Cultural Trauma and the Making of Unequal Citizenship: The Case of the 1965-66 Genocide in Indonesia

Graduate Student Workshop by Joyce Liu, National Chiao Tung University

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Thursday, October 24, 2019
1:00 PM - 4:00 PM
Charles E. Young Research Library
West Electronic Class Room (WEC)

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The question that I want to address in my talk is the paradoxical relation between citizenship and democracy, and the collective distortion of the past through the politics of silence and denial. In the case of Southeast Asian countries, the frailty of the democratic system, besides frequented discussed questions such as crony capitalism, corruption, and dual or multiple juridical systems is often linked to the arbitrary statist division of citizens or differentiated citizenship status. In the post-WWII era, the so-called Cold War Era, several hot wars, large-scale massive killings and genocides, and enforced concentration camps took place in different countries. These traumatic events, I want to argue, contributed to the making of unequal citizenships in Southeast Asian countries through juridical process, and still are affecting these countries ideologically and emotionally. I shall focus on the case of the Thirtieth of September Movement of 1965 and the genocide in Indonesia. I want to discuss the ambiguous double-edged functions of documentaries or docudrama movies, in re-telling the stories, reenacting the event, documenting testimonies, archiving images, recording oral histories and taking the event as the founding trauma. This mode of reenactment could easily enhance the narrative from the victim’s point of view and at the same time legitimize the ruling regime and displace the larger truth. How to avoid this trap of a single perspective but still to seek the truth and reveal a larger reality, is my concern.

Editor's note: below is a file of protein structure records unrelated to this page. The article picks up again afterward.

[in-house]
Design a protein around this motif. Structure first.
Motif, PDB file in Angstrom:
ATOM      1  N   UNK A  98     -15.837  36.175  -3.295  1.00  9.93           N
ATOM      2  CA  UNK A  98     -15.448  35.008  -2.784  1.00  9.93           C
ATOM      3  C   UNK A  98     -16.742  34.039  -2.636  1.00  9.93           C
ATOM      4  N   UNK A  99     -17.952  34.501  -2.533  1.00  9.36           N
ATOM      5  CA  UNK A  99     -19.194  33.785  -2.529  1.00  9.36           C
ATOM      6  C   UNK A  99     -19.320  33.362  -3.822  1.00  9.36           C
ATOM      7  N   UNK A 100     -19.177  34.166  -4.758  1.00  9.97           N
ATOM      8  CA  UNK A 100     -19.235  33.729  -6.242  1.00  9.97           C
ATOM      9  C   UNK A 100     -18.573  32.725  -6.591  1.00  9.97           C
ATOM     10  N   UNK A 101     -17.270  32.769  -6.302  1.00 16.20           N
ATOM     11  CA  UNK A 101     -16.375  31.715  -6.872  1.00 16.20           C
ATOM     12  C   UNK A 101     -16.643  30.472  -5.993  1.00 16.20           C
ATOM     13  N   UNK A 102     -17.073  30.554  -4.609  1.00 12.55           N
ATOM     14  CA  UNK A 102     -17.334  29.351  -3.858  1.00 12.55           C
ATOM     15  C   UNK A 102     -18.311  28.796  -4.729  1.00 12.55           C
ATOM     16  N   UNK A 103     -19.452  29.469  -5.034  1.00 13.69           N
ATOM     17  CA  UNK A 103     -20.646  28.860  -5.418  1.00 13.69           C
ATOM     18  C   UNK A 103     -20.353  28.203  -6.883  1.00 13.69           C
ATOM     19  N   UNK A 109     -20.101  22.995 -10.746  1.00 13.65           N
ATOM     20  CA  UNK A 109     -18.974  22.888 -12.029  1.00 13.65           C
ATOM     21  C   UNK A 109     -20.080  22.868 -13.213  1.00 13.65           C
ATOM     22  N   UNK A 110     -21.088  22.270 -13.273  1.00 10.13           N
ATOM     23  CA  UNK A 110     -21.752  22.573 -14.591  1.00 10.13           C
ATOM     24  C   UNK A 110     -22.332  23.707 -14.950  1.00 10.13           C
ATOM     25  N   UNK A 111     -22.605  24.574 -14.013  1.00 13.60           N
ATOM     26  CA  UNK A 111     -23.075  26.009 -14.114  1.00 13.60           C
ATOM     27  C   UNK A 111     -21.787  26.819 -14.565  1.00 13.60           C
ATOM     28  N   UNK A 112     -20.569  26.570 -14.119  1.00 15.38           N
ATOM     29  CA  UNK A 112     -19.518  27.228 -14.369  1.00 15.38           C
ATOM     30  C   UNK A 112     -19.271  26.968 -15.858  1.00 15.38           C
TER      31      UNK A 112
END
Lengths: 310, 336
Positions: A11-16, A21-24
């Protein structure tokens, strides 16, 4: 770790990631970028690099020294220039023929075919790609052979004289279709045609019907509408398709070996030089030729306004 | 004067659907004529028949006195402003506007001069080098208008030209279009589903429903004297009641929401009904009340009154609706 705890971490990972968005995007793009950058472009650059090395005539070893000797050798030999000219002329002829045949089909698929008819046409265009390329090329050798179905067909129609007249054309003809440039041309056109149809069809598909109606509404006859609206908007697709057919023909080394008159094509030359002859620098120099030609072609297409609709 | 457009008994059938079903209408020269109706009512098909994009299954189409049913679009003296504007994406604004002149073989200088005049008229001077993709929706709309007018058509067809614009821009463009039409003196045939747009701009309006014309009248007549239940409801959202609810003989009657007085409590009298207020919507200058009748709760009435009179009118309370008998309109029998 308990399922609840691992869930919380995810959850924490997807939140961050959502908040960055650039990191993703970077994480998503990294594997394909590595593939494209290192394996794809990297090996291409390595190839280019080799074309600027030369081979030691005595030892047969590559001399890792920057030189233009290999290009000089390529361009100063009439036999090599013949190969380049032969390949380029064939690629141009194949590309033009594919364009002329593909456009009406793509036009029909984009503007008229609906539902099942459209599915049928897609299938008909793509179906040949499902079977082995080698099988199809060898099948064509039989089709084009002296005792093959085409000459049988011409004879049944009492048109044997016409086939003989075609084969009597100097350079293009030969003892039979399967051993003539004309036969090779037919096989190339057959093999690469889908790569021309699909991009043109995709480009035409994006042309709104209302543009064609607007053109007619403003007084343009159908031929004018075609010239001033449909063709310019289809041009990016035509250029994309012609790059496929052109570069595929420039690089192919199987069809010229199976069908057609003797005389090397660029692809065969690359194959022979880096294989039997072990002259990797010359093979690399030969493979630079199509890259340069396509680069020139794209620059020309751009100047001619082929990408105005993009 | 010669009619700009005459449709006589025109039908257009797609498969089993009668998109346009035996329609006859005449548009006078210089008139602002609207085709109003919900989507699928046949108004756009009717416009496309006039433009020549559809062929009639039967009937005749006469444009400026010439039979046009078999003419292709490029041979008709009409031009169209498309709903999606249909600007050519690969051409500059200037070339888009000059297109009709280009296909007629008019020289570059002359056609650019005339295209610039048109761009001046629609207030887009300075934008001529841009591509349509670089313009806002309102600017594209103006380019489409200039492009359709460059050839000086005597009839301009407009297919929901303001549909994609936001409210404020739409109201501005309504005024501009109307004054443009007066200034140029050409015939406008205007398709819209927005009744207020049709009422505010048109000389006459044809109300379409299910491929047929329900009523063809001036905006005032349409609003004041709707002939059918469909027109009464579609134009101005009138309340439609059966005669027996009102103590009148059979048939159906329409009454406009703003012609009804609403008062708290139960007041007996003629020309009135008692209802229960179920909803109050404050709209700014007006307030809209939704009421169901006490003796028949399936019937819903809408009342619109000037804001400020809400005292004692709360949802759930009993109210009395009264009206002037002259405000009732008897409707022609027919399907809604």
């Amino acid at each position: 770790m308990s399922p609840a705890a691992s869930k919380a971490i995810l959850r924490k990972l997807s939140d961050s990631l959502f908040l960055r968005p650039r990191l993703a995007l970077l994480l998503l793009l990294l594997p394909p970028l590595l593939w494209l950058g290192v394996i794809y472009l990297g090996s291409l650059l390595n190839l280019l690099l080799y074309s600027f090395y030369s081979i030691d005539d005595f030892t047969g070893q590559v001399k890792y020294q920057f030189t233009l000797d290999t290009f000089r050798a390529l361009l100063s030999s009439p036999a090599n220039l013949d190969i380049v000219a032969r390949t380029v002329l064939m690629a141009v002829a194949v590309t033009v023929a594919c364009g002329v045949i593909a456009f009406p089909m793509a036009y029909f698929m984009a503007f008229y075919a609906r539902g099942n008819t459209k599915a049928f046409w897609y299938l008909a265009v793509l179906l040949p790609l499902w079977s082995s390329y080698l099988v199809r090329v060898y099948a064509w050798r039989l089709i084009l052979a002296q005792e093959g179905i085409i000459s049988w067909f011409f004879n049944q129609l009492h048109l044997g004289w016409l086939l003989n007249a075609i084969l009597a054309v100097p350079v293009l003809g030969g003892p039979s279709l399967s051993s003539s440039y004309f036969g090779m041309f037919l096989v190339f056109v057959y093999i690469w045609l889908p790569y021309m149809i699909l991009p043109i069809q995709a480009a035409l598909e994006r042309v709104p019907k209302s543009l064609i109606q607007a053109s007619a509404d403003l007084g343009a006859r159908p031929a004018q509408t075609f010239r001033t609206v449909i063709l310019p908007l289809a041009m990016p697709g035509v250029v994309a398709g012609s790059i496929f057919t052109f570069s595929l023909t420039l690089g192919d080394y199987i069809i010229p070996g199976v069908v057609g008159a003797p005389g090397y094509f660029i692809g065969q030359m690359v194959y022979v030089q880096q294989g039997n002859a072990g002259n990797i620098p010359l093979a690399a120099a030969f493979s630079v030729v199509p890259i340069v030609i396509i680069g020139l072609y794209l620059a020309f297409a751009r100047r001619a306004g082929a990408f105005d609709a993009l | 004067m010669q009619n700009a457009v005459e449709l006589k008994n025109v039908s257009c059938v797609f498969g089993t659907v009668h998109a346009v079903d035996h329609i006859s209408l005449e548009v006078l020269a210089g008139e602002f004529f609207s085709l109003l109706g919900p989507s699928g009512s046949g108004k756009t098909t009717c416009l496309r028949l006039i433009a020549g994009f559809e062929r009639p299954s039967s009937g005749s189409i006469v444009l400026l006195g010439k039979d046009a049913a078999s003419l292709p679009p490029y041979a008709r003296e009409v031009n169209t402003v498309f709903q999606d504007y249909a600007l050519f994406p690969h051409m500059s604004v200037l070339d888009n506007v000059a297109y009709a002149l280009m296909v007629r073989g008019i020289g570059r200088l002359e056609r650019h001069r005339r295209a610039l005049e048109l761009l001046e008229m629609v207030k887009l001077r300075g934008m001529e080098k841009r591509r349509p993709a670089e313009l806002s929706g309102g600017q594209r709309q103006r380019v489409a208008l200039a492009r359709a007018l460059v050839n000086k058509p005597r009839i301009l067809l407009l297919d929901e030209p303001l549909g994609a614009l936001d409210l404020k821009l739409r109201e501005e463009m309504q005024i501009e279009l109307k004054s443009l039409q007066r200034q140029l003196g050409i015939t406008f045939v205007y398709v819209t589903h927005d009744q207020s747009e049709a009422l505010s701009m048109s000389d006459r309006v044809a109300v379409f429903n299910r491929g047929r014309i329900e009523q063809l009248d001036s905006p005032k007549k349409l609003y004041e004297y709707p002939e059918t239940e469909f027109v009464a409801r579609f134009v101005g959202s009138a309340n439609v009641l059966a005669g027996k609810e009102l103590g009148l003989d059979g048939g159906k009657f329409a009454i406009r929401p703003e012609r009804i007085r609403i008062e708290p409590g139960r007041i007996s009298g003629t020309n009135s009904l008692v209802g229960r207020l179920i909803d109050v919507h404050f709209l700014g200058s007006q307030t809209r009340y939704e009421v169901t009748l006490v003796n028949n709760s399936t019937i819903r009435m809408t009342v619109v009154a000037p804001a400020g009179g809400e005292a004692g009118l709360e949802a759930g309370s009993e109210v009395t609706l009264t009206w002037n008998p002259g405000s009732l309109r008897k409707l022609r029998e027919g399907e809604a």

Joyce C.H. Liu is Professor of Critical Theory, Comparative Literature, Visual Studies and Cultural Studies in the Institute of Social Research and Cultural Studies, National Chiao Tung University, Taiwan. It is the program that she founded in 2002, the first graduate program of cultural studies in Taiwan, an inter-disciplinary and trans-disciplinary postgraduate program that addresses contemporary critical issues. She is currently the director of the cross-universities research center, International Center for Cultural Studies of the University System of Taiwan, a network system connecting four distinguished research-oriented universities in Taiwan, together with an international graduate program in Inter-Asia Cultural Studies supported by these four universities. Starting from 2018, her center has launched a 5-year project: “Conflict, Justice, Decolonization: Critical Studies of Inter-Asian Societies,” involving 5 sub-projects and 21 researchers from the network the University System of Taiwan.


Keywords: documentaries, cultural interventions, the paradox of citizenship, the crisis of democracy


Sponsor(s): Center for Chinese Studies